Big Star was long overdue for the documentary treatment, but I was a bit worried going in. Some rock docs are pretty cheap and shoddy-looking, and too many others are full of a nonstop parade of talking heads telling you how great the subject is, usually including one or all of the following: Bono, John Cusack, Henry Rollins, and Johnny Depp, for some reason. Also, hardly any footage of the band exists. What was this going to be?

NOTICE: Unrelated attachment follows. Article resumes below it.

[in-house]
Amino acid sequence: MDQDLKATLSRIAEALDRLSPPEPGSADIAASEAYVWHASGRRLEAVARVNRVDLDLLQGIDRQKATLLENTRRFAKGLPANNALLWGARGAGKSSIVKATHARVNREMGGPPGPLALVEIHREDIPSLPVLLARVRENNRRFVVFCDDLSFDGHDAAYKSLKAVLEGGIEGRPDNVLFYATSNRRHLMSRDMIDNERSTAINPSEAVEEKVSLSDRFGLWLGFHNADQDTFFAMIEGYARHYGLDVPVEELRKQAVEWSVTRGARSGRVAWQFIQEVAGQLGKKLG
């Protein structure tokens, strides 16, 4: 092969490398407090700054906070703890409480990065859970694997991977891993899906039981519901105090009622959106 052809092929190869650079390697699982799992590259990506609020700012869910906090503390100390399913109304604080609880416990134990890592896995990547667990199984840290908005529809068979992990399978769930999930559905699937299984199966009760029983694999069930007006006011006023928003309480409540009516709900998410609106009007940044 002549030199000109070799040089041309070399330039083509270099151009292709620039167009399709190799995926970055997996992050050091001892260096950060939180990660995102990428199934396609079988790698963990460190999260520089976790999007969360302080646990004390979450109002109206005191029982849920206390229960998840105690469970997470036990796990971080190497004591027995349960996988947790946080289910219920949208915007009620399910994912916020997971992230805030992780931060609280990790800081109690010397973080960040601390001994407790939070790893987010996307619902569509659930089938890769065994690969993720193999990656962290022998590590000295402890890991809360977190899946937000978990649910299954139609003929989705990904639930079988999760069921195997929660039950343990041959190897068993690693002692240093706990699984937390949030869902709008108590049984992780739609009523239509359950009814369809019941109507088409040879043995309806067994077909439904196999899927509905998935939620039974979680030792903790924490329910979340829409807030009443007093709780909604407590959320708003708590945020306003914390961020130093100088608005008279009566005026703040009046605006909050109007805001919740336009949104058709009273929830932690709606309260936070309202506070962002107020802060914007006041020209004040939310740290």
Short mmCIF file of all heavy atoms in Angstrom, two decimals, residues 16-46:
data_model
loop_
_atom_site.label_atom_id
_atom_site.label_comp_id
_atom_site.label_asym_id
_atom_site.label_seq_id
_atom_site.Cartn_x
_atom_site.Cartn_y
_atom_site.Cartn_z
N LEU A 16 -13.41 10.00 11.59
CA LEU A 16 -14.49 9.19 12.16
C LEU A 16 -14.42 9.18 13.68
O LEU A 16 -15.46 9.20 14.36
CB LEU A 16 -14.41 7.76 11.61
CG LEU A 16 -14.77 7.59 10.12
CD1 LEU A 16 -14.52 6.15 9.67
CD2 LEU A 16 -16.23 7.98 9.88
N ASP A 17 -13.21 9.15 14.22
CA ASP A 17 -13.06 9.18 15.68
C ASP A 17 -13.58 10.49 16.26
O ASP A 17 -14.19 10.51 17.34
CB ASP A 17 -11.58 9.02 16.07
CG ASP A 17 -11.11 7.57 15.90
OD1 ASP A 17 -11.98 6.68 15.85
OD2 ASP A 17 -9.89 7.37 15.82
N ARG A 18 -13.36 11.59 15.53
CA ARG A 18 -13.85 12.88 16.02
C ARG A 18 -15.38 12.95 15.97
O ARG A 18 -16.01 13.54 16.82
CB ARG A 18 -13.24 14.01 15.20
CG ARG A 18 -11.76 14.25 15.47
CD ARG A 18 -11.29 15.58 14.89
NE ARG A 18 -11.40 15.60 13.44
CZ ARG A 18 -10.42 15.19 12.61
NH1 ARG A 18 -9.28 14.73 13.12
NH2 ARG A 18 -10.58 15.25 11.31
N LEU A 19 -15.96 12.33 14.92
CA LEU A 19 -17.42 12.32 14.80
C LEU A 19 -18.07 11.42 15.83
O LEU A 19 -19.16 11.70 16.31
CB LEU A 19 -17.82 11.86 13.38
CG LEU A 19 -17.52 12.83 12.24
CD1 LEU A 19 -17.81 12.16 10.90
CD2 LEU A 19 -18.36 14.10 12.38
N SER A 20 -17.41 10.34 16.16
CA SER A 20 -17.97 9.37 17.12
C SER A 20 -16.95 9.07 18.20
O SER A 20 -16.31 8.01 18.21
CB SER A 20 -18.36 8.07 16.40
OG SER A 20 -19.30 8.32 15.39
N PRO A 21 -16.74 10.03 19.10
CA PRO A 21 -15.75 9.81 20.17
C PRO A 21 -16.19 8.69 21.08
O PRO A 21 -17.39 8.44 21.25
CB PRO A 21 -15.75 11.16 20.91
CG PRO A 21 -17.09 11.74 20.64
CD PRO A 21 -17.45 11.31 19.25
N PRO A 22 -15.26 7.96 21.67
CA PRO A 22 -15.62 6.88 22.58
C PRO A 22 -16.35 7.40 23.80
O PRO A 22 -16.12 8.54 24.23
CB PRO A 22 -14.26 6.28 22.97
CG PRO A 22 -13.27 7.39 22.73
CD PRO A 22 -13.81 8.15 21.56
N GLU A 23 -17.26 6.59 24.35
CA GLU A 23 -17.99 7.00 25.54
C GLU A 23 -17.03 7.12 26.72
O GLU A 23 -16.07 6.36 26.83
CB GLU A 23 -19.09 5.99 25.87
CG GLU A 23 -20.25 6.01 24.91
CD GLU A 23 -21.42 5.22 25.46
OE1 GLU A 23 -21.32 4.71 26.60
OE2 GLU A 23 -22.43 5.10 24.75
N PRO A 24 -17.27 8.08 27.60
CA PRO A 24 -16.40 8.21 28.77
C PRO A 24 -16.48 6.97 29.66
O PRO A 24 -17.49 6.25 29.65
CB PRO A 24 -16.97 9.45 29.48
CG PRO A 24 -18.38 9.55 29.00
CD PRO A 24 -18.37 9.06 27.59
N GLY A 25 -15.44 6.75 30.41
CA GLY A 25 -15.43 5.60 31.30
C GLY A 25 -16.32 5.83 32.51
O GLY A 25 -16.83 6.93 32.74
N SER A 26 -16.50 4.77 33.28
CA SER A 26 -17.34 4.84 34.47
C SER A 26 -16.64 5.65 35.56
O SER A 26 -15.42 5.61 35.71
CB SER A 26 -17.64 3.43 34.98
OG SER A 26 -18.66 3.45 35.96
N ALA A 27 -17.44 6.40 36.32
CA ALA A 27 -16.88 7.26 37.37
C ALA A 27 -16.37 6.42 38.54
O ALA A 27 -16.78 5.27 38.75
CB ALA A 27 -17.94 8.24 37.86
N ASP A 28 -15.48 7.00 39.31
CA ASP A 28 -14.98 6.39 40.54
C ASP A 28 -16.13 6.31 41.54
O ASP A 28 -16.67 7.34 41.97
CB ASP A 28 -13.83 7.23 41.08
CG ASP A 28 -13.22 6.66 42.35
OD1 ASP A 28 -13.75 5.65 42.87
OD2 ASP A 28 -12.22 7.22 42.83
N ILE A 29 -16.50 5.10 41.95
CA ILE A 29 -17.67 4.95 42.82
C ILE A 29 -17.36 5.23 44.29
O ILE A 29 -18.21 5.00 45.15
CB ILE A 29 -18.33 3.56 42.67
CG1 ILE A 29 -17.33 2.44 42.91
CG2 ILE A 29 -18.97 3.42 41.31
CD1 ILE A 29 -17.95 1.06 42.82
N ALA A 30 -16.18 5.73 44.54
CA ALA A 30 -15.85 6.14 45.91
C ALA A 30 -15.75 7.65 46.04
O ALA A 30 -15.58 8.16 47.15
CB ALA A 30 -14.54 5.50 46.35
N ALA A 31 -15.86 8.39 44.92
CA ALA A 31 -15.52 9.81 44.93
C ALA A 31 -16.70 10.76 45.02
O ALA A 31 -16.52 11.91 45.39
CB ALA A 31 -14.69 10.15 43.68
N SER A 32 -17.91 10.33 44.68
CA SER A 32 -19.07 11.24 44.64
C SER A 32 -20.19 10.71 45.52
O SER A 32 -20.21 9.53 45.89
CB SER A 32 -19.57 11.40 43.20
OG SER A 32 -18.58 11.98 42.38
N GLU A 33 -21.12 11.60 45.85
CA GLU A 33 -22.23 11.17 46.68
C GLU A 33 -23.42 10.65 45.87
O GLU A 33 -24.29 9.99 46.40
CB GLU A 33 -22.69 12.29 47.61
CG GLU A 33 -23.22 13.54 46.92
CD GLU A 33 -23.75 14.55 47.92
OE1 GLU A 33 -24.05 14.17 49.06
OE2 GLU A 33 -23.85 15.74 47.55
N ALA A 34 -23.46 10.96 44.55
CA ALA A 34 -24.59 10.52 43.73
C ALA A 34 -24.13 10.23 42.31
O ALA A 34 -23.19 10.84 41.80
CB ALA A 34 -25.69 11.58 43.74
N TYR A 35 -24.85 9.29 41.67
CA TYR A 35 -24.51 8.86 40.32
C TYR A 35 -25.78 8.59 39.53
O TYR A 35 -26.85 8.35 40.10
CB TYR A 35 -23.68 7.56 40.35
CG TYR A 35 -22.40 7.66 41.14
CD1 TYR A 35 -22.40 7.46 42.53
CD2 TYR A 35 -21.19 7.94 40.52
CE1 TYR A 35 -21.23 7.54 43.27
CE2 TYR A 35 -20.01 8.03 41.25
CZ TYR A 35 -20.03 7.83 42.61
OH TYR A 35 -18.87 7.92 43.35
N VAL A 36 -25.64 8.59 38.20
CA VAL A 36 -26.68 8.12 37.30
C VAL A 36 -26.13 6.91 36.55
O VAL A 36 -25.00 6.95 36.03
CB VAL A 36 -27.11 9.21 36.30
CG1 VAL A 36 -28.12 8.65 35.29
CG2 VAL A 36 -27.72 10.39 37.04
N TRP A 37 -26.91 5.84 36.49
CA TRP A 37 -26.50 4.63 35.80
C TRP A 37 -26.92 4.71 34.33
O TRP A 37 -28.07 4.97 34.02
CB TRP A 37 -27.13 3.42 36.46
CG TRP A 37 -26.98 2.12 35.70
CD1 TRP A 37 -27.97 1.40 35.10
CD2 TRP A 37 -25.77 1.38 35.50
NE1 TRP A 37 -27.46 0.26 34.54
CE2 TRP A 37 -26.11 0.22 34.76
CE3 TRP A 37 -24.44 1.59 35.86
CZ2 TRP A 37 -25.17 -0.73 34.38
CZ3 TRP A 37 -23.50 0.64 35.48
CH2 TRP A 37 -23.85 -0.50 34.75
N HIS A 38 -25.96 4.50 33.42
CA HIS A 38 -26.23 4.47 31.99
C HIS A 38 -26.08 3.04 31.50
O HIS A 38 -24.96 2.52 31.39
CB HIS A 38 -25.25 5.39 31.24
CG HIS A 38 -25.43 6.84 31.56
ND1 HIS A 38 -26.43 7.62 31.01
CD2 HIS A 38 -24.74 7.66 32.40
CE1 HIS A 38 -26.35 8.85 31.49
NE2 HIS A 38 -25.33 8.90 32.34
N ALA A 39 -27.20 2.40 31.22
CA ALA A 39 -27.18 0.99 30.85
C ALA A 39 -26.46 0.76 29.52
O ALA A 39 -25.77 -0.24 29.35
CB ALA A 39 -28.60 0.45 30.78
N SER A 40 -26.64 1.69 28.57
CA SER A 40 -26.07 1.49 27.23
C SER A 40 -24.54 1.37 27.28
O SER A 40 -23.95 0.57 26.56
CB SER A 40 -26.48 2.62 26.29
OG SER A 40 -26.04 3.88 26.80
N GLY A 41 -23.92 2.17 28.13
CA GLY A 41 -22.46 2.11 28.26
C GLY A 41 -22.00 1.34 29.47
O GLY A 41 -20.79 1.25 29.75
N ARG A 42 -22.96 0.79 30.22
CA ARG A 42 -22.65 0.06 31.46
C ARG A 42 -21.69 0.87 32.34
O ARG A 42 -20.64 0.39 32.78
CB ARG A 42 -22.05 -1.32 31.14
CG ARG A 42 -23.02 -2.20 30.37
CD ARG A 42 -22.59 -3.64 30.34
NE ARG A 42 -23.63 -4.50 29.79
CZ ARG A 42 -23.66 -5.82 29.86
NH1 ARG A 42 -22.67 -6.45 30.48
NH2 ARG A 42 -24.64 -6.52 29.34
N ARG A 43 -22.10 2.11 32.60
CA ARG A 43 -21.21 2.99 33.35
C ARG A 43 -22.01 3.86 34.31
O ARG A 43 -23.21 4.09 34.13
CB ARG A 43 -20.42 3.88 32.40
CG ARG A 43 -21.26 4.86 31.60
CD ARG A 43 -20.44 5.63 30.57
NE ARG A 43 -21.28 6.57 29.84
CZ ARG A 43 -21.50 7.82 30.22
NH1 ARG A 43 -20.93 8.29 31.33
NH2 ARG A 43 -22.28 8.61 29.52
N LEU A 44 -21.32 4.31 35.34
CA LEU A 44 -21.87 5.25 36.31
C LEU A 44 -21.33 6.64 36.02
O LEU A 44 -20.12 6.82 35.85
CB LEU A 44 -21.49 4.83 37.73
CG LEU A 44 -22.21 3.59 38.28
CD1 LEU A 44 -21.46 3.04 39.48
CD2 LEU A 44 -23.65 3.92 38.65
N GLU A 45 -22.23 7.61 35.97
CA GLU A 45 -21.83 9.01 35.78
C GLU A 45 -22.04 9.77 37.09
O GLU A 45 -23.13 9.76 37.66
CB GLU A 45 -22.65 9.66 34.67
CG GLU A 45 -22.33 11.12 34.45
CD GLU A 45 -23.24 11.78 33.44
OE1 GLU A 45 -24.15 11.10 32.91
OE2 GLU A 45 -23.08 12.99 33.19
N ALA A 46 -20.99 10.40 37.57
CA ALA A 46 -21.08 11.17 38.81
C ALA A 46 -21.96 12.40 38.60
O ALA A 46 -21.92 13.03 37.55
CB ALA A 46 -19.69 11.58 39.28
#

Mori and DeNicola did a fantastic job. My heart sank initially when an opening scene featured a parade of talking heads singing Big Star's praises, but this scene was brief. What followed was a detailed, entertaining, heartbreaking, uplifting, visual treat full of fascinating people and great music. Mori and DeNicola did the big work, finding a trove of archival material and interviewing tons of important people. Their timing was fortunate, too, as they interviewed several people who passed away shortly thereafter. They talk to almost everybody. Chilton gave the project his blessing, but wouldn't sit down for an interview. There's great footage of him, though, and his presence fills the frame while his absence haunts it, especially when his death becomes a part of the story. Almost everyone else is here, though, including Andy Hummel, Jody Stephens, John Fry, Van Duren, Jim Dickinson, Rick Clark, Tav Falco, William Eggleston, The Cramps, Chris Stamey, Peter Holsapple, Jon Auer, Ken Stringfellow, and Chris Bell's brother and sister. I'm especially grateful for the public access footage of Tav Falco's Panther Burns with Chilton on guitar inciting a confrontation from a combative and grumpy morning show host just by being themselves and having a sense of humor about it.